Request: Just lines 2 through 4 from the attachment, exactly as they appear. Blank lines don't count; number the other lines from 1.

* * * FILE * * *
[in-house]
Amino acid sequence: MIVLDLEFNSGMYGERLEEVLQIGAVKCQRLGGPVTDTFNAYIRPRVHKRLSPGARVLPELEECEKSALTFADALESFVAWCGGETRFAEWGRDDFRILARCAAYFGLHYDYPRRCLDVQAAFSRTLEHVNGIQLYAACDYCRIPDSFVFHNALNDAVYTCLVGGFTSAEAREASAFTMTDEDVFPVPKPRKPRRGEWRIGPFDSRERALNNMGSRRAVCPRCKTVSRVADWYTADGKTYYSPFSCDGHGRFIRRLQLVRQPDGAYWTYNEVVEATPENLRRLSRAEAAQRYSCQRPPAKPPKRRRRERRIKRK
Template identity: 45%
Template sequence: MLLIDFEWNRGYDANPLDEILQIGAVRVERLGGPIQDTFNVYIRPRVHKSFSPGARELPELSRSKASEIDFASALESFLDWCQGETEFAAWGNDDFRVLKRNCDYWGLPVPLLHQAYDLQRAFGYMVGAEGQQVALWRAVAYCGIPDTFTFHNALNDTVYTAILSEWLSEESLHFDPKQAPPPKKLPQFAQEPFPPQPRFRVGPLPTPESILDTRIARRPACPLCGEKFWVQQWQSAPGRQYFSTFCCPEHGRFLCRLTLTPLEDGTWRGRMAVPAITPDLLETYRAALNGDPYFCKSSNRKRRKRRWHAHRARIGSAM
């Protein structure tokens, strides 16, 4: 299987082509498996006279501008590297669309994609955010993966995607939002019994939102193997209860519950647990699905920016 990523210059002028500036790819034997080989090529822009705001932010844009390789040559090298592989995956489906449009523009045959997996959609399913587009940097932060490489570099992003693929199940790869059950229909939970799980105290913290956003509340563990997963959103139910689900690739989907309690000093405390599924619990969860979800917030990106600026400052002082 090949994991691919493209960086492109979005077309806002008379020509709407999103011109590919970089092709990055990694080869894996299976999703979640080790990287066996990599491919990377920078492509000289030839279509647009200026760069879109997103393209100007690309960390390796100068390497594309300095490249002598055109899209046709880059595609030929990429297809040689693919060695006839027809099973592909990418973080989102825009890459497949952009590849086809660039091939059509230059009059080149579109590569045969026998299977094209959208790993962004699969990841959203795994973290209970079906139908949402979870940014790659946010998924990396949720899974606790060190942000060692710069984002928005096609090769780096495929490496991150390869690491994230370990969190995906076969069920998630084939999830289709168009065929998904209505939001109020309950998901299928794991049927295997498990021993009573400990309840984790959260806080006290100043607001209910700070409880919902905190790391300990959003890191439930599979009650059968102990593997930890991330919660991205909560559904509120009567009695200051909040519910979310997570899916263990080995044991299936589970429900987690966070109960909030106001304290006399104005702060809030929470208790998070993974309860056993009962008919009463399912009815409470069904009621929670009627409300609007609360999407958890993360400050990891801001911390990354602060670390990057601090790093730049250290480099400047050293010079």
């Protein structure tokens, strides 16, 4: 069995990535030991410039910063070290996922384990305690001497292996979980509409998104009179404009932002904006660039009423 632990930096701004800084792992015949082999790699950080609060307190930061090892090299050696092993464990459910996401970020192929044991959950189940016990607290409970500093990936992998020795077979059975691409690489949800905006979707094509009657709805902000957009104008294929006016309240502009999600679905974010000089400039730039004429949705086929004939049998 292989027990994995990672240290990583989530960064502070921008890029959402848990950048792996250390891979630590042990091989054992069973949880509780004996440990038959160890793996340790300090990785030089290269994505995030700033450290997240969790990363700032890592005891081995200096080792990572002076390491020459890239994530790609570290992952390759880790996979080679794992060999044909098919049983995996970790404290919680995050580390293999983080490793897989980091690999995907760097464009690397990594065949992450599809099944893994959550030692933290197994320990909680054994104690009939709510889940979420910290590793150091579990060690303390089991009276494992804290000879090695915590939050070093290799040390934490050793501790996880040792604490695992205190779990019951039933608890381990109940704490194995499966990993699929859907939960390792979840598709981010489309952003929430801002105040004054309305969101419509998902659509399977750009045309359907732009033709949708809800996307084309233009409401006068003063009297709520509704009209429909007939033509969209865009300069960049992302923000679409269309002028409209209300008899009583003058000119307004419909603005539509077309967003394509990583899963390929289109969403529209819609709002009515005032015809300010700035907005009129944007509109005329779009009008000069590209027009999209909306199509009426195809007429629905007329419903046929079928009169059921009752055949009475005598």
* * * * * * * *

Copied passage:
Amino acid sequence: MIVLDLEFNSGMYGERLEEVLQIGAVKCQRLGGPVTDTFNAYIRPRVHKRLSPGARVLPELEECEKSALTFADALESFVAWCGGETRFAEWGRDDFRILARCAAYFGLHYDYPRRCLDVQAAFSRTLEHVNGIQLYAACDYCRIPDSFVFHNALNDAVYTCLVGGFTSAEAREASAFTMTDEDVFPVPKPRKPRRGEWRIGPFDSRERALNNMGSRRAVCPRCKTVSRVADWYTADGKTYYSPFSCDGHGRFIRRLQLVRQPDGAYWTYNEVVEATPENLRRLSRAEAAQRYSCQRPPAKPPKRRRRERRIKRK
Template identity: 45%
Template sequence: MLLIDFEWNRGYDANPLDEILQIGAVRVERLGGPIQDTFNVYIRPRVHKSFSPGARELPELSRSKASEIDFASALESFLDWCQGETEFAAWGNDDFRVLKRNCDYWGLPVPLLHQAYDLQRAFGYMVGAEGQQVALWRAVAYCGIPDTFTFHNALNDTVYTAILSEWLSEESLHFDPKQAPPPKKLPQFAQEPFPPQPRFRVGPLPTPESILDTRIARRPACPLCGEKFWVQQWQSAPGRQYFSTFCCPEHGRFLCRLTLTPLEDGTWRGRMAVPAITPDLLETYRAALNGDPYFCKSSNRKRRKRRWHAHRARIGSAM